Your current version of the hwdVideoShare component is not compatible with this version of the hwdVideoShare Mambot, please check your versions.

A European Charter for Immigrants - Proposal by PPI

PPI proposes European Charter for Immigrants

At a meeting in Rome on Tuesday 21 May, the Popolari per l’Italia party announced its proposal to establish a European Charter for Immigrants. Ahead of the launch of this initiative, Senator Mario Mauri spoke with New about the new Charter. He defined it as an instrument intended to safeguard public security, which was currently characterised by a grave deficiency in the reception and management of immigrants.

Senator Mauri, building on his past experience as an MEP, representative on OSCE (Organisation for Security and Co-operation in Europe) and former minister of Defence, intends the proposed European Charter for Immigrants to provide a clear profile with criteria for recognising and developing the “human capital” of the individual. Thus, not only will there be the essential details for management of immigration, but more important will be the knowledge that will enable the individual to achieve a positive role in the new society in which he or she has arrived. It should not be a question so much of funds to maintain the immigrant, but of identifying ways to help their integration. The Charter seeks to address guidelines as to how this can be achieved.

The achievement of a satisfactory policy and management of immigration, Senator Mauri claims, must involve also the States of origin. This requires investment of resources and effort to reduce, as far as possible, to zero the risks of a failed integration. Dealing with the problem of tackling States, predominantly in Africa, that tend to refuse repatriation of one of their citizens, Senator Mauri feels that all is possible with good will and in respect of the principle of reciprocity. The goal in any case must be to use co-operation for the purpose of integration as the current demography makes this essential for the future of Europe.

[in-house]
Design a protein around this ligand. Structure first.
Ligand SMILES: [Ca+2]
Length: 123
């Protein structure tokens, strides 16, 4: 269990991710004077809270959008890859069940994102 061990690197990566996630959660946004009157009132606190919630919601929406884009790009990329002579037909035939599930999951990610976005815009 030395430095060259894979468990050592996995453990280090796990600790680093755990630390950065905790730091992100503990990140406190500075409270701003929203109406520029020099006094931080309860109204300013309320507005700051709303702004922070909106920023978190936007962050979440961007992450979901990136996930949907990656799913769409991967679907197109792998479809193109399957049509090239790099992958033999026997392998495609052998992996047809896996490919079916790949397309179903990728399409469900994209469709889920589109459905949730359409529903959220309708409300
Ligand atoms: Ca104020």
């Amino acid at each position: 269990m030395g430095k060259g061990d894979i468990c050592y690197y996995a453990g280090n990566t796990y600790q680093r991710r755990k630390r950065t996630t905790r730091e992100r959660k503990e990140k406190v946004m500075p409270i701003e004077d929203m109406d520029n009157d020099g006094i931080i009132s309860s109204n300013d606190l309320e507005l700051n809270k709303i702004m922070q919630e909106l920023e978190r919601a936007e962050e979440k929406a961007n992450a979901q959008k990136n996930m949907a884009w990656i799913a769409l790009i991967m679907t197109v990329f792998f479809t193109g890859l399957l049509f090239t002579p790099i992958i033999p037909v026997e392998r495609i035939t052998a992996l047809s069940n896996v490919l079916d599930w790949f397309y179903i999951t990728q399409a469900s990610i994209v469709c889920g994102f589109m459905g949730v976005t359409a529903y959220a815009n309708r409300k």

The meeting was chaired by Avv. Antonfrancesco Venturini, who paid tribute also to Rocco Milano for his role in developing the Charter. A video presentation was made of the system, including a somewhat Orwellian Chinese clip of identification technology. For the individual migrant arriving in Italy the Charter would operate in two phases. The first would consist of technologically advanced identification and assessment of health, scholastic and linguistic attainment, capacity for employment and general cultural level. With the availability of these data, the second phase would be for the provision of a campus where the migrant can stay for up to six months, benefiting from the secure accommodation and training facilities necessary to commence a successful integration in the society of the host State.

The Charter is labelled European since once adopted it would be the responsibility of each Member State to open one or more Campuses, according to demand, in order to provide for the structured reception of migrants. It would not be the function of a Campus to be involved in decisions regarding admission or asylum, simply to provide a humane and helpful environment for migrants to find their feet in a new country after the ordeal of transit that many have had to suffer. The fundamental message of the promoters of the Charter is that an immigrant, rather than being seen as a cost and liability in negative political rhetoric and prey to the criminal underworld, will have a greater opportunity to become an asset for his or her new-found society.

Andrew Colvin